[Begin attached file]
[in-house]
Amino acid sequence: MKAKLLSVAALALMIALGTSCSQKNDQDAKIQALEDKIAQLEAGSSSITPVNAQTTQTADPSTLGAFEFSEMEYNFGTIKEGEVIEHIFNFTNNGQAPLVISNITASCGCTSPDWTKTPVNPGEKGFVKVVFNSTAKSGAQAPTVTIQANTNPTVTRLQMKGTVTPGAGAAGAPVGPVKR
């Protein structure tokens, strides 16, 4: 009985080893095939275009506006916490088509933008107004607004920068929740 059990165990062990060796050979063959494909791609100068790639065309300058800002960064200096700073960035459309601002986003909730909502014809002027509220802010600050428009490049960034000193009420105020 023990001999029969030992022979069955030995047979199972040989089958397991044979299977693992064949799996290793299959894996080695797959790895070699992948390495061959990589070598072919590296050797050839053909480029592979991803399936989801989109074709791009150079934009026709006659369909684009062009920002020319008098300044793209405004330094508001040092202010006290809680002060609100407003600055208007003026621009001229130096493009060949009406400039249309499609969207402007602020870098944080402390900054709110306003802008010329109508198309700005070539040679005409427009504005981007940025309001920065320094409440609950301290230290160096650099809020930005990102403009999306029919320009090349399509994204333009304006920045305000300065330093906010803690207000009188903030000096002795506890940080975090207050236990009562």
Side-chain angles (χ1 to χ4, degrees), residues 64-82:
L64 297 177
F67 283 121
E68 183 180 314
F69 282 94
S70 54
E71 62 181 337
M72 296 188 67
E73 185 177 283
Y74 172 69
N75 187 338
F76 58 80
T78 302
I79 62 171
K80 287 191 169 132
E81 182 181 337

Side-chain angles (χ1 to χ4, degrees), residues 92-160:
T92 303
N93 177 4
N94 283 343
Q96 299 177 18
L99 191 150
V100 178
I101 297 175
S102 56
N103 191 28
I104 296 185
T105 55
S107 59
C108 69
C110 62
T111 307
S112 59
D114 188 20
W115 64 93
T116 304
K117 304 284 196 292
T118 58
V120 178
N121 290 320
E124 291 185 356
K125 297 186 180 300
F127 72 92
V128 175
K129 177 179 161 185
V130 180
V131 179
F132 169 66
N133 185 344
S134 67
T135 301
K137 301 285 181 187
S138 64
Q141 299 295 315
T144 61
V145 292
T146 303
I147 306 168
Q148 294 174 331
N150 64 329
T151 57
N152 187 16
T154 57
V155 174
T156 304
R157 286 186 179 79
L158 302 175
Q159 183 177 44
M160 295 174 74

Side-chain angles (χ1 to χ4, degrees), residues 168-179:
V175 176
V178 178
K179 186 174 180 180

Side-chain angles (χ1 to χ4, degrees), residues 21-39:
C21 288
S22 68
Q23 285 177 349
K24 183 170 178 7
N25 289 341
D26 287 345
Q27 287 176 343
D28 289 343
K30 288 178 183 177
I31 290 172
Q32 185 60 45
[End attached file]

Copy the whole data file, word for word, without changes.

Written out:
[in-house]
Amino acid sequence: MKAKLLSVAALALMIALGTSCSQKNDQDAKIQALEDKIAQLEAGSSSITPVNAQTTQTADPSTLGAFEFSEMEYNFGTIKEGEVIEHIFNFTNNGQAPLVISNITASCGCTSPDWTKTPVNPGEKGFVKVVFNSTAKSGAQAPTVTIQANTNPTVTRLQMKGTVTPGAGAAGAPVGPVKR
């Protein structure tokens, strides 16, 4: 009985080893095939275009506006916490088509933008107004607004920068929740 059990165990062990060796050979063959494909791609100068790639065309300058800002960064200096700073960035459309601002986003909730909502014809002027509220802010600050428009490049960034000193009420105020 023990001999029969030992022979069955030995047979199972040989089958397991044979299977693992064949799996290793299959894996080695797959790895070699992948390495061959990589070598072919590296050797050839053909480029592979991803399936989801989109074709791009150079934009026709006659369909684009062009920002020319008098300044793209405004330094508001040092202010006290809680002060609100407003600055208007003026621009001229130096493009060949009406400039249309499609969207402007602020870098944080402390900054709110306003802008010329109508198309700005070539040679005409427009504005981007940025309001920065320094409440609950301290230290160096650099809020930005990102403009999306029919320009090349399509994204333009304006920045305000300065330093906010803690207000009188903030000096002795506890940080975090207050236990009562």
Side-chain angles (χ1 to χ4, degrees), residues 64-82:
L64 297 177
F67 283 121
E68 183 180 314
F69 282 94
S70 54
E71 62 181 337
M72 296 188 67
E73 185 177 283
Y74 172 69
N75 187 338
F76 58 80
T78 302
I79 62 171
K80 287 191 169 132
E81 182 181 337

Side-chain angles (χ1 to χ4, degrees), residues 92-160:
T92 303
N93 177 4
N94 283 343
Q96 299 177 18
L99 191 150
V100 178
I101 297 175
S102 56
N103 191 28
I104 296 185
T105 55
S107 59
C108 69
C110 62
T111 307
S112 59
D114 188 20
W115 64 93
T116 304
K117 304 284 196 292
T118 58
V120 178
N121 290 320
E124 291 185 356
K125 297 186 180 300
F127 72 92
V128 175
K129 177 179 161 185
V130 180
V131 179
F132 169 66
N133 185 344
S134 67
T135 301
K137 301 285 181 187
S138 64
Q141 299 295 315
T144 61
V145 292
T146 303
I147 306 168
Q148 294 174 331
N150 64 329
T151 57
N152 187 16
T154 57
V155 174
T156 304
R157 286 186 179 79
L158 302 175
Q159 183 177 44
M160 295 174 74

Side-chain angles (χ1 to χ4, degrees), residues 168-179:
V175 176
V178 178
K179 186 174 180 180

Side-chain angles (χ1 to χ4, degrees), residues 21-39:
C21 288
S22 68
Q23 285 177 349
K24 183 170 178 7
N25 289 341
D26 287 345
Q27 287 176 343
D28 289 343
K30 288 178 183 177
I31 290 172
Q32 185 60 45